Repairs Finished, Villa Le Balze Opens to GU Fanfare

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Georgetown’s Villa Le Balze reopened after roofing repairs last semester.

Georgetown’s Villa Le Balze in Florence, Italy, has been reopened for student use after roof repairs closed the building last semester.

The Villa is fully occupied this semester, according to Abigail Davids (COL ’12), who is currently studying there, and there is no sign of current construction or concern about the building. The Villa is a particularly integral part of the program because students eat, live and take classes in the building, Davids said. Other students agreed.

“I think the Villa is extremely important for the study abroad experience: The Villa and its surrounding gardens can only be described as magical, the view of Florence from every window is like nothing I have ever seen in my life, and though I can’t say with authority since I wasn’t at the program in the fall, I would imagine living in hotels gives much less of a sense of home,” said Tiare Dunlap (COL ’12), who is also living at the Villa during the Spring 2011 semester.

Last July, students set for the Villa experience this fall received an email from Deputy Director of International Programs and Director of Global Strategies Lisa Donatelli and Assistant Director of Villa Le Balze Programs Karen Wardzala alerting them that roofing problems, most likely caused by the Villa’s age, would have to be fixed during the Fall 2010 semester. Students would not be able to occupy the Villa, though they would still be able to study abroad in Florence.

“We are fortunate not to have had to cancel any of our programming due to the renovations; a very special thanks goes out to the extraordinary group of students last semester who stayed and studied in nearby hotels,” Wardzala said in an email yesterday.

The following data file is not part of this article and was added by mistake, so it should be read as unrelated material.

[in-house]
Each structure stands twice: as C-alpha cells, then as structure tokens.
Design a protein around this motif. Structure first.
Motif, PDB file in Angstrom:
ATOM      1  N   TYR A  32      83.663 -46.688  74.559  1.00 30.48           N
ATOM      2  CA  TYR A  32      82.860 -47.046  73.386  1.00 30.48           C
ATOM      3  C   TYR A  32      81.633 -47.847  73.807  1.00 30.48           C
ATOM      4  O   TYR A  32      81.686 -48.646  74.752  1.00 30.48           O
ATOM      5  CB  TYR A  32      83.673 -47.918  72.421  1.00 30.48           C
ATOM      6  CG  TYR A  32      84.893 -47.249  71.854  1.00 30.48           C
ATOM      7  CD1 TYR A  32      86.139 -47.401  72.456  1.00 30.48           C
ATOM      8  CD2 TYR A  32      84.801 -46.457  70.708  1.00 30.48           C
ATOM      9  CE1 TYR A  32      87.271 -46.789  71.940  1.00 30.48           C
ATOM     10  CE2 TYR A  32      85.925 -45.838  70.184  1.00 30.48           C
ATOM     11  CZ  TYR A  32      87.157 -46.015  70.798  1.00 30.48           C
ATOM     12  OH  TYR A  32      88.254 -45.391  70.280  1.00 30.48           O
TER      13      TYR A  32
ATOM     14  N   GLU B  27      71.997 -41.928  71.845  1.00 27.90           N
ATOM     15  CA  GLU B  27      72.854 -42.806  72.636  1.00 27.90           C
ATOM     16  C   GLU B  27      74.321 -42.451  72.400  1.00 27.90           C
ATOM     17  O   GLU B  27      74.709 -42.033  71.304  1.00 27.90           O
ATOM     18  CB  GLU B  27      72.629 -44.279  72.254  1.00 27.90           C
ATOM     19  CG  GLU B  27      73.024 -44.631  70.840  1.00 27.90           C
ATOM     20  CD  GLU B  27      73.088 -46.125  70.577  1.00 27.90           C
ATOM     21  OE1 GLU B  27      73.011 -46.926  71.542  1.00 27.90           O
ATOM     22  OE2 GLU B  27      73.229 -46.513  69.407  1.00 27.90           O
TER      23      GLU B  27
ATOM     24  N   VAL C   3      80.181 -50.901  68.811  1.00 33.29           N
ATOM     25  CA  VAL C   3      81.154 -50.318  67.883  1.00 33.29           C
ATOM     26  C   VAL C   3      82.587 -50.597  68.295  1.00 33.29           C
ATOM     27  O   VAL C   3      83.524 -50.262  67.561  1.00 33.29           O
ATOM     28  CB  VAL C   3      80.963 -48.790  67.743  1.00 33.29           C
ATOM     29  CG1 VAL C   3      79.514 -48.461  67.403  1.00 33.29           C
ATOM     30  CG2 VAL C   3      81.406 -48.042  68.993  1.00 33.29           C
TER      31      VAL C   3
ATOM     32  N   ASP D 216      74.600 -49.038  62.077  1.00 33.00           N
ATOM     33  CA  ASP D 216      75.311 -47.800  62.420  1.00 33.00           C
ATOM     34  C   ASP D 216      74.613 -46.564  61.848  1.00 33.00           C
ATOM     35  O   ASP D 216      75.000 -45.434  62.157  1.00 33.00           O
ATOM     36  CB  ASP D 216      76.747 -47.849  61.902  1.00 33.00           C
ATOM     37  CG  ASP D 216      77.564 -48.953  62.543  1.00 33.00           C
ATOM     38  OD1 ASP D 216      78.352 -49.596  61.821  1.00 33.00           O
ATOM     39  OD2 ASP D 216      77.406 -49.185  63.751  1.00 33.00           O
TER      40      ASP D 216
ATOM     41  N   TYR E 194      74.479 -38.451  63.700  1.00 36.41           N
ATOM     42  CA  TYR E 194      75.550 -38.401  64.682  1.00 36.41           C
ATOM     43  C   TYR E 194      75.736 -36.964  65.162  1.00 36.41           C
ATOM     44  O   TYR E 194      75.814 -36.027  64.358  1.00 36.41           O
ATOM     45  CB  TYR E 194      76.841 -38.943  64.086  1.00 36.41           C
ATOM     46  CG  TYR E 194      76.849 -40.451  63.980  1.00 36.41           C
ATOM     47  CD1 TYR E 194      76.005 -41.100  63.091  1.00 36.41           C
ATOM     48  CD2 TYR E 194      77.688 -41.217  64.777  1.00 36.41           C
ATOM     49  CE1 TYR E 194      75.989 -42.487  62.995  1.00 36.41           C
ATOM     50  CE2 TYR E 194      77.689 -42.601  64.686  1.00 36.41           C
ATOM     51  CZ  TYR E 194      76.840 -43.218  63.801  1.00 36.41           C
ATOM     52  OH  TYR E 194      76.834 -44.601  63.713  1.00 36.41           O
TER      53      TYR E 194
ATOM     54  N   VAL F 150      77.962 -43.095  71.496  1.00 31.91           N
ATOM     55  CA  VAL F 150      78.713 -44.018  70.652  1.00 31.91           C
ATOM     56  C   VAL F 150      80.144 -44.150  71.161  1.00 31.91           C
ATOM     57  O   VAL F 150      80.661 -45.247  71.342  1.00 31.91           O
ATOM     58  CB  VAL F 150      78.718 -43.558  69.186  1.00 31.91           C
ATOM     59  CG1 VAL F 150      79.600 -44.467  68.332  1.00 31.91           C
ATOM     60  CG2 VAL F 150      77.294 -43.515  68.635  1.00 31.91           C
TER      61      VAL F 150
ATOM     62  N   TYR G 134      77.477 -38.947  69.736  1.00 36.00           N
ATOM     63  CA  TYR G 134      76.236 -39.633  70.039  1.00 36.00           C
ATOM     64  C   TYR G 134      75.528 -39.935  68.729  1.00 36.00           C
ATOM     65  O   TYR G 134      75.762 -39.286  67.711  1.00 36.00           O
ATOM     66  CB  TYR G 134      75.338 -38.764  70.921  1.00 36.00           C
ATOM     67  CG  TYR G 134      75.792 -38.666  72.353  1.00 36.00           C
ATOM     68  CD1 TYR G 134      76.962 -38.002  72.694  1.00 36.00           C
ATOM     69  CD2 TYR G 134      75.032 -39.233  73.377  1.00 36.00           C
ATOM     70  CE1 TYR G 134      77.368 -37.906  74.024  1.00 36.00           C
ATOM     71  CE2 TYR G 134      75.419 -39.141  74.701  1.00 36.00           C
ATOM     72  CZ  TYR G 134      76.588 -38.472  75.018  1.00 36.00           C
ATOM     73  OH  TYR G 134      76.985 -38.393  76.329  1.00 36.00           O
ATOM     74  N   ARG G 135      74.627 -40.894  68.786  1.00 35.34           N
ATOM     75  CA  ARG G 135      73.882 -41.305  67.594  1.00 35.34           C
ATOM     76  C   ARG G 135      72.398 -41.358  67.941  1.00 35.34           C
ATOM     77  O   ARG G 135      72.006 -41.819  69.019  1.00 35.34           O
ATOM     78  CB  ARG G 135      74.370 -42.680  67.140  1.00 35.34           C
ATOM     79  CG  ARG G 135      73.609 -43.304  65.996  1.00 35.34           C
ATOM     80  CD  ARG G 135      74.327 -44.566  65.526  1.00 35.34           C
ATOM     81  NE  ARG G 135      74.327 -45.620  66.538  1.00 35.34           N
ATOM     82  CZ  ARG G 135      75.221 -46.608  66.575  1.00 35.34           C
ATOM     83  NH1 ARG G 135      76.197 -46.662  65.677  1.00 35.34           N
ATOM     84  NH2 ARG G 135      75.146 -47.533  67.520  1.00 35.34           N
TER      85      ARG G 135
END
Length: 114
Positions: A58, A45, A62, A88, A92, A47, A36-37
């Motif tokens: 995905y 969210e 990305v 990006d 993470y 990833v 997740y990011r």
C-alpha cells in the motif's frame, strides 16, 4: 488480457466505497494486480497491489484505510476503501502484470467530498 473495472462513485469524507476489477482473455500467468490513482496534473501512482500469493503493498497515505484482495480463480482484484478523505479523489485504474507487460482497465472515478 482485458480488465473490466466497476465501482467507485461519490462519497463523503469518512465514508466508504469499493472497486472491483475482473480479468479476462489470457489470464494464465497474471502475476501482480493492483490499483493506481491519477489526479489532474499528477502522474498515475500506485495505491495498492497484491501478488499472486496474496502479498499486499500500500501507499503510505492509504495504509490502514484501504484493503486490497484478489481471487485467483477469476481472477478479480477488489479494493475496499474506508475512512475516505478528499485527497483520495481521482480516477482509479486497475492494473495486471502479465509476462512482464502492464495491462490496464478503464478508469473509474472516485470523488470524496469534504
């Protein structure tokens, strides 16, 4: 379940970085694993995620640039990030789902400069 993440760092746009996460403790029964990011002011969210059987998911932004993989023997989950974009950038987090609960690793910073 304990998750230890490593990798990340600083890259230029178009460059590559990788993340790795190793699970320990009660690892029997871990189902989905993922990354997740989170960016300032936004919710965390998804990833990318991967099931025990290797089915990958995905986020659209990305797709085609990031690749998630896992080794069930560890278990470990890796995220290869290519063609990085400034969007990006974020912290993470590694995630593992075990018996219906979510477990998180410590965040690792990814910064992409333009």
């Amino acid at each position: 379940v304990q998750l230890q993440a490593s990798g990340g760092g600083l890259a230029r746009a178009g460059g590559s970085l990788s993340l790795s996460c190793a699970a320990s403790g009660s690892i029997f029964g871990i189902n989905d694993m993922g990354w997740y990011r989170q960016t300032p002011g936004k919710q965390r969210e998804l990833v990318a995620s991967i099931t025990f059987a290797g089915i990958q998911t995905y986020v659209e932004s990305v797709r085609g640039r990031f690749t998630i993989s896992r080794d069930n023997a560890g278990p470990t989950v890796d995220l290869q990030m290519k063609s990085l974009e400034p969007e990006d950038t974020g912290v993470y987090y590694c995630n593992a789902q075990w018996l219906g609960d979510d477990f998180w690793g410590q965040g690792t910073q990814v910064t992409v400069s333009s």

While the replacement of damaged roof beams was the main focus of renovations, the Villa’s directors took advantage of the fact that the building was unoccupied during the fall semester to complete additional renovation and management projects. These included the addition of a second emergency exit on the basement level and the conversion of a large bathroom into two smaller ones, Wardzala said.

The renovations forced students in Florence in the fall to relocate. Students lived in the Hotel Villa Aurora for about the first month of the program and in the Hotel Villa Fiesole for the remainder of their stay, never visiting the Villa at all, according to Catherine Walsh (COL ’12), who studied in Florence during the Fall 2010 semester.

The change was not without problems: Walsh was injured by a roof collapse at the Hotel Villa Aurora two nights before the move between the two hotels. In the early hours of the morning, while she was sleeping, a small section of the roof fell onto the side of her head, Walsh said. She suffered a minor concussion and was immediately admitted to the emergency room. During her weeklong period of bed rest at the new hotel, the Georgetown faculty on site was very helpful and kind, Walsh said. Executive Director of the Office of International Programs Katherine Bellows came to Florence the following week to check on Walsh’s condition, and officials were also in contact with Walsh’s parents.

Despite the temporary close of the Villa and her own injury, Walsh said that her experience overseas was a very positive one. The unique aspects of their time in Florence brought the program participants closer together, she said.

“I ended up having the best three-and-a-half months of my life, no question,” Walsh said.

According to Wardzala, the majority of the students currently in the program are living in the Villa, while a few students chose to live with Italian host families.

“We continue to have a long-term property maintenance plan in place to ensure that many future generations of Hoyas can enjoy the Villa’s exquisite offerings,” Wardzala said.

The 2012-2013 academic year will mark the 100th anniversary of the Villa’s construction.

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